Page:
For a long time, I wouldn’t touch cauliflower. I blame vegetable trays at Fourth of July picnics and graduation parties during my childhood. Raw cauliflower just doesn’t intrigue a child like a crunchy carrot, a celery brimming with flavored cream cheese or those black olives that fit on the end of your fingers.
To me, raw cauliflower was a hunk of dense blandness.
My cauliflower conversion started at a local Mediterranean deli. There was roasted curried cauliflower on the buffet. Despite my negative cruciferous history, I was intrigued enough to try it. It was delicious. That tender cauliflower had soaked up every bit of those flavors.
This winter, I started craving that roasted curried cauliflower and found a recipe online that perfectly replicated it.
Now my budding love for cauliflower has sparked a cooking binge. I have boiled it, roasted it and even sauteed it. I have served it with pasta, served it as steaks and even enjoyed it finely diced and raw in a relish.
Roasted Curried Cauliflower
12 cups cauliflower florets (from about 4 pounds cauliflower)
1 large onion, peeled, quartered
1 teaspoon coriander seeds
1 teaspoon cumin seeds
¾ cup olive oil
½ cup red wine vinegar
3½ teaspoons curry powder
1 tablespoon paprika or Hungarian hot paprika
1¾ teaspoons salt
Freshly ground black pepper
¼ cup chopped fresh cilantro
Heat oven to 450 degrees. Place cauliflower florets in large roasting pan or rimmed cookie sheet. Pull apart onion quarters into separate layers; add to cauliflower. Stir coriander seeds and cumin seeds in small skillet over medium heat until slightly darkened, about 5 minutes. Crush coarsely in mortar with pestle. Place seeds in medium bowl. Whisk in oil, vinegar, curry powder, paprika and salt. Pour dressing over vegetables; toss to coat. Spread vegetables in single layer. Sprinkle with pepper.
Roast vegetables until tender, stirring occasionally, about 35 minutes. (Can be made two hours ahead. Let stand at room temperature. Rewarm in 450-degree oven for 10 minutes, if desired.)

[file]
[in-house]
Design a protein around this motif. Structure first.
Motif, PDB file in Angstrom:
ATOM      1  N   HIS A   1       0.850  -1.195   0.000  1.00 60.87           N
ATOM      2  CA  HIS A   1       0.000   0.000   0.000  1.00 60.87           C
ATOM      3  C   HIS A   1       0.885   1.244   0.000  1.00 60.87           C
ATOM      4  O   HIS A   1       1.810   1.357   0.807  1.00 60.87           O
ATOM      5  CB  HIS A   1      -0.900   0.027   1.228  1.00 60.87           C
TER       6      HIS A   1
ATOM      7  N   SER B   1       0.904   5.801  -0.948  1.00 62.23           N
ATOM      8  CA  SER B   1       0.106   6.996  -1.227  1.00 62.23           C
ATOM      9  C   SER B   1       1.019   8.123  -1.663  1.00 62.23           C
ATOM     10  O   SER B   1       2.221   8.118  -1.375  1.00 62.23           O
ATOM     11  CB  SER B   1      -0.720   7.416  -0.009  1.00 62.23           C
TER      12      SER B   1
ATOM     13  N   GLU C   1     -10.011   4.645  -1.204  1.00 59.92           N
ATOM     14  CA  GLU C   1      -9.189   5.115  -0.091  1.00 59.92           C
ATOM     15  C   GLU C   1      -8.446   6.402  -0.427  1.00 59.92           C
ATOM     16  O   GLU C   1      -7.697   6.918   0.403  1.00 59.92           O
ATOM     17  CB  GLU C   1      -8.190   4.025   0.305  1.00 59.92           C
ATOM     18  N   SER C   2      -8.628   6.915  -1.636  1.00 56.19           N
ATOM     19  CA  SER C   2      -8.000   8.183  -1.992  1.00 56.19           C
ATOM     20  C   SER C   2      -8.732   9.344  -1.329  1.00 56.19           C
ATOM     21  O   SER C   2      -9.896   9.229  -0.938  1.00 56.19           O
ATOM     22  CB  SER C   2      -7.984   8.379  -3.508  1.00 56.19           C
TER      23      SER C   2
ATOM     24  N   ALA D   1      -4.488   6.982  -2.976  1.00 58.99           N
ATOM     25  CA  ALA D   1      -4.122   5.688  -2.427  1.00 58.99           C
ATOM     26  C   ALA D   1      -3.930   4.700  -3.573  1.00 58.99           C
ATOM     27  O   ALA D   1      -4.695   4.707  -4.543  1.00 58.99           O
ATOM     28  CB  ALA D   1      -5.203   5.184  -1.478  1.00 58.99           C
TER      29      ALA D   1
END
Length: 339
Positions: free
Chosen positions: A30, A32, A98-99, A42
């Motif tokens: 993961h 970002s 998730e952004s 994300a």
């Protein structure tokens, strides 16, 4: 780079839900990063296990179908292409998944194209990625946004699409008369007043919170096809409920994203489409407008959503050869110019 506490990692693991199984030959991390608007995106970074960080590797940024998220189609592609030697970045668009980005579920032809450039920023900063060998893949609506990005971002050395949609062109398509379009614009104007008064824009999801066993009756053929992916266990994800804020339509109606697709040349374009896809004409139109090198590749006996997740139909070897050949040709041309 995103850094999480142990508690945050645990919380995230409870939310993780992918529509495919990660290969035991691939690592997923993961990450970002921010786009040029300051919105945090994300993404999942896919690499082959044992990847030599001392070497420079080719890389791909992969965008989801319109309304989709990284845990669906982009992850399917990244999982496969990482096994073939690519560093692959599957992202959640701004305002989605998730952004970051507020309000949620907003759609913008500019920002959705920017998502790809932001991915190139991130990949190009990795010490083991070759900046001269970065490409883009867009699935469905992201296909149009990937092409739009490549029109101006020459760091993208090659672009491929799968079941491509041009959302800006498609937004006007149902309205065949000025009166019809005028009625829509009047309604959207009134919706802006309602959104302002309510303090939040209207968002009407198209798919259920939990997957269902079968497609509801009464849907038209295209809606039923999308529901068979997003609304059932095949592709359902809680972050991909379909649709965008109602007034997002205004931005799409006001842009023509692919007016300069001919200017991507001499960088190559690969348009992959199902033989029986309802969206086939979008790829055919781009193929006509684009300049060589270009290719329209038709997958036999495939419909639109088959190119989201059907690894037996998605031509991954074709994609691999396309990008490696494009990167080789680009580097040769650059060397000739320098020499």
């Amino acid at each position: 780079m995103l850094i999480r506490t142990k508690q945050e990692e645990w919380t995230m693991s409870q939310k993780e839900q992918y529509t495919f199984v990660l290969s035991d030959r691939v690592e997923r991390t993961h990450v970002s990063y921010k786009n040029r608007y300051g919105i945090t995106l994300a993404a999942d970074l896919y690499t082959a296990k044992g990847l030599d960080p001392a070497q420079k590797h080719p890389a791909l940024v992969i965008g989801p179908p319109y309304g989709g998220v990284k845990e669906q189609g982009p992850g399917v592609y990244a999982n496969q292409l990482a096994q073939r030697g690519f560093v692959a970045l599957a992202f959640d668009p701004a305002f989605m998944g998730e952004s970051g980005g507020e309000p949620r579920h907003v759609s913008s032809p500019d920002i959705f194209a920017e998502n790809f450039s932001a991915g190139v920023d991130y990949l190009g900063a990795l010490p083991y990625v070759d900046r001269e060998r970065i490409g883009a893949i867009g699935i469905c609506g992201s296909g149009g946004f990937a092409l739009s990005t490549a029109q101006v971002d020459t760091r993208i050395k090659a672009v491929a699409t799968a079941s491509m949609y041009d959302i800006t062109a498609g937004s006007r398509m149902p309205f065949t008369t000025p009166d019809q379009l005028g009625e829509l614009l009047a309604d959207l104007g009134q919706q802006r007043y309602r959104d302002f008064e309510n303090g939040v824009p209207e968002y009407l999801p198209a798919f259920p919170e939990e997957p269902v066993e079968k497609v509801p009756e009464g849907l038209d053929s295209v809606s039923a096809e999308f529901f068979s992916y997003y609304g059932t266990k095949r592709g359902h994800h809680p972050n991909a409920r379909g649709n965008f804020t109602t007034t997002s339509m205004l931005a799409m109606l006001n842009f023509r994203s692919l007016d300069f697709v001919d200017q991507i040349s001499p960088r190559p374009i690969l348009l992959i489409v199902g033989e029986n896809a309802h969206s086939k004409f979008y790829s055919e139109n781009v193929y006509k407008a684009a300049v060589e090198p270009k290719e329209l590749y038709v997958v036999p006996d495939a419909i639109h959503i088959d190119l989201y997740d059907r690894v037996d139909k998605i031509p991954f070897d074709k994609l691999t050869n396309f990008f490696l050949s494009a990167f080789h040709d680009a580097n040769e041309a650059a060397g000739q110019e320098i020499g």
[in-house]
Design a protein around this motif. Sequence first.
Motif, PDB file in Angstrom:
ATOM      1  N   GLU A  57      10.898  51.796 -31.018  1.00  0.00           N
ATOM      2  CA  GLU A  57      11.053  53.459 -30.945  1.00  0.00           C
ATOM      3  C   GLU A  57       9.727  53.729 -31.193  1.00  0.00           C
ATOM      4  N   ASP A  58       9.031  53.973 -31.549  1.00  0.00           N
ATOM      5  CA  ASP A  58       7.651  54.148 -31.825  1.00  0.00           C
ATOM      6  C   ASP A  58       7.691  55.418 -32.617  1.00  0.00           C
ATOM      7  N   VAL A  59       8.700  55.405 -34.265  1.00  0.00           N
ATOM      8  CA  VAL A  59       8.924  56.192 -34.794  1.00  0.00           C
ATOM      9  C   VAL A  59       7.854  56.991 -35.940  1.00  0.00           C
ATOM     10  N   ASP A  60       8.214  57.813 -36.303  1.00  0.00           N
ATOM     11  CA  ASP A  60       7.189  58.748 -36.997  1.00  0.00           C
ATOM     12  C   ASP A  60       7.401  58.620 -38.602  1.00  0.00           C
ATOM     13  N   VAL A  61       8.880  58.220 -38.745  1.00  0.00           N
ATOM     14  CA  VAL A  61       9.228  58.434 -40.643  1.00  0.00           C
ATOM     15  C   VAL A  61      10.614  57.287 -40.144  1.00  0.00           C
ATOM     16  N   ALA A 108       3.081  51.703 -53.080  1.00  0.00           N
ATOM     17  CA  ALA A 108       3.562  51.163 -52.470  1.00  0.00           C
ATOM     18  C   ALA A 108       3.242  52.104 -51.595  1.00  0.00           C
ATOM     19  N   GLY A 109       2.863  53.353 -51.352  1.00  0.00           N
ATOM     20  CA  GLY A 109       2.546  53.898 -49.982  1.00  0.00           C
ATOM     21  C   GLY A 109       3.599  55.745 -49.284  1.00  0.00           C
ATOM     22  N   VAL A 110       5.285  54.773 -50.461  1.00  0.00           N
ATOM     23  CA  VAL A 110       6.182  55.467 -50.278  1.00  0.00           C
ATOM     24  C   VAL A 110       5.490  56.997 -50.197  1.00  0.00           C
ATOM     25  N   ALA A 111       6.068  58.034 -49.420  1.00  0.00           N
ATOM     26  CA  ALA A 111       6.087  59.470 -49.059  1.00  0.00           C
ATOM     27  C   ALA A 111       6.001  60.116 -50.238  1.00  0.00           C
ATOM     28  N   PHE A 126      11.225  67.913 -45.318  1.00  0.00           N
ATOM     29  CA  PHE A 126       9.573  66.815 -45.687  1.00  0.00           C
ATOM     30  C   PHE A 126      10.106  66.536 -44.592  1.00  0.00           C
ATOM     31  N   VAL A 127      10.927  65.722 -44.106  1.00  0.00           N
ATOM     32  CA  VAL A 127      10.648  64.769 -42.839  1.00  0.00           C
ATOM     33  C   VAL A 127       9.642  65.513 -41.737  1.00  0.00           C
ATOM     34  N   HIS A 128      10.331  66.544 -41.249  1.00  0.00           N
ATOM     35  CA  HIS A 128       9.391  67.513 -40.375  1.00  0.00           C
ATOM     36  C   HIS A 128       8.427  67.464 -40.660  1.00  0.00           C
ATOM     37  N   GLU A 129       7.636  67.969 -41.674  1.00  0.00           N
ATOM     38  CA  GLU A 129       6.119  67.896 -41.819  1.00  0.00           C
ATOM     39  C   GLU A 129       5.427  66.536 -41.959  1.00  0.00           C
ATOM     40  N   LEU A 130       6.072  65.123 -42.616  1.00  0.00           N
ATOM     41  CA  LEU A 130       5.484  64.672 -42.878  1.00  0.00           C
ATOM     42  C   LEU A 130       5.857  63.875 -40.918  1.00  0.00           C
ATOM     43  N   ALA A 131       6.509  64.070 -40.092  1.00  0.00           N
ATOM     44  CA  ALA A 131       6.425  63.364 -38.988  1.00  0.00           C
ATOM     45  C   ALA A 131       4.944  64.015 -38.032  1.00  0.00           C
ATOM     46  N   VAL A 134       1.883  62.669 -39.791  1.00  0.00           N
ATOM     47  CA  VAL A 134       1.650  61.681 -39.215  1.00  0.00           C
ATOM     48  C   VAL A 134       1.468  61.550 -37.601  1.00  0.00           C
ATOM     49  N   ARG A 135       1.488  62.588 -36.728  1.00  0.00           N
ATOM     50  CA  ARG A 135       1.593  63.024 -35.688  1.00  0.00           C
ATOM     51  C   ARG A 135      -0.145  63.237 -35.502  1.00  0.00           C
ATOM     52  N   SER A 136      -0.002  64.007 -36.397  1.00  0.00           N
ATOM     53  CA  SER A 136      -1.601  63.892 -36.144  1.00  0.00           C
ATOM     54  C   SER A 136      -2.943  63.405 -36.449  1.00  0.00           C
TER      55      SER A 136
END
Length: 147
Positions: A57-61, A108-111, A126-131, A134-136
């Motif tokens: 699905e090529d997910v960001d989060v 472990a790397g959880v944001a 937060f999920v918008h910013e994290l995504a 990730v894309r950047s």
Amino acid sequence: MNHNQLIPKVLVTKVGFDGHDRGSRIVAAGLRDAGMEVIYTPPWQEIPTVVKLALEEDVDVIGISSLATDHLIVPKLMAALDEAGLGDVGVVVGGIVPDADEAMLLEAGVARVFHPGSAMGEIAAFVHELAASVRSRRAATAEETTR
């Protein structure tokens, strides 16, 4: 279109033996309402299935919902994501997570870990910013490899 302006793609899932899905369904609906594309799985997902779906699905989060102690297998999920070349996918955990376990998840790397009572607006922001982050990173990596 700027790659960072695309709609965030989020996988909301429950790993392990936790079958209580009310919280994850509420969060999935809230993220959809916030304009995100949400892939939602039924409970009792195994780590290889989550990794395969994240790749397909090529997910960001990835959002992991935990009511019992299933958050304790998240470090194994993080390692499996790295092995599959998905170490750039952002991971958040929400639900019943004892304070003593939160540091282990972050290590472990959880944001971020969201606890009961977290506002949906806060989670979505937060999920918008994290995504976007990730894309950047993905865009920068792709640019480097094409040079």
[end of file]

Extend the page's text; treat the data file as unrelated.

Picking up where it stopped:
Sprinkle with fresh cilantro. Serve warm or at room temperature.
Serves 6 to 8.
– From epicurious.com
Cauliflower Steaks with Olive Relish and Tomato Sauce
1 large head of cauliflower
½ cup pitted oil-packed black olives, finely chopped
3 sun-dried tomatoes, thinly sliced, soaked for 4 minutes for warm water
3½ tablespoons olive oil, divided, plus more
2 tablespoons chopped flat- leaf parsley
1 teaspoon fresh lemon juice
Kosher salt and freshly ground black pepper
3 garlic cloves
2 plum tomatoes, cored, quartered
Remove leaves and trim stem end of cauliflower, leaving core intact. Place cauliflower core side down on a work surface. Using a large knife, slice cauliflower into four ½-inch “steaks” from center of cauliflower (some florets will break loose; reserve). Finely chop enough loose florets to measure ½ cup. Transfer chopped florets to a small bowl and mix with olives, sun-dried tomatoes, 1 tablespoon olive oil, parsley and lemon juice. Season relish with salt and pepper.
Heat oven to 400 degrees. Heat 1 tablespoon olive oil in a large, heavy, ovenproof skillet over medium-high heat. Working in 2 batches, cook cauliflower steaks until golden brown, about 2 to 4 minutes per side, adding 1 tablespoon oil to pan between batches. Transfer steaks to a large rimmed baking sheet. Reserve skillet. Roast cauliflower until tender, about 15-18 minutes, turning halfway through.
Return skillet to medium-high heat and add garlic cloves and tomatoes, one cut side down. Cook until tomatoes are browned; turn tomatoes over and transfer skillet to oven with cauliflower. Roast garlic and tomatoes until tender, about 12 minutes.
Transfer garlic, tomatoes, and ½ tablespoon oil to a blender; puree until smooth. Season with salt and pepper. Divide tomato sauce among plates. Place 1 cauliflower steak on each plate; spoon relish over. Serve warm or at room temperature.
Serves 2 to 4.
Note: It’s hard to get more than two complete steaks from one head of cauliflower. That’s fine if you are only serving two people. Otherwise, buy more than one head of cauliflower. Instead of plum tomatoes, feel free to saute 6 tablespoons canned diced tomatoes with diced garlic cloves instead of roasting before pureeing.
– From Bon Appetit magazine, January 2012.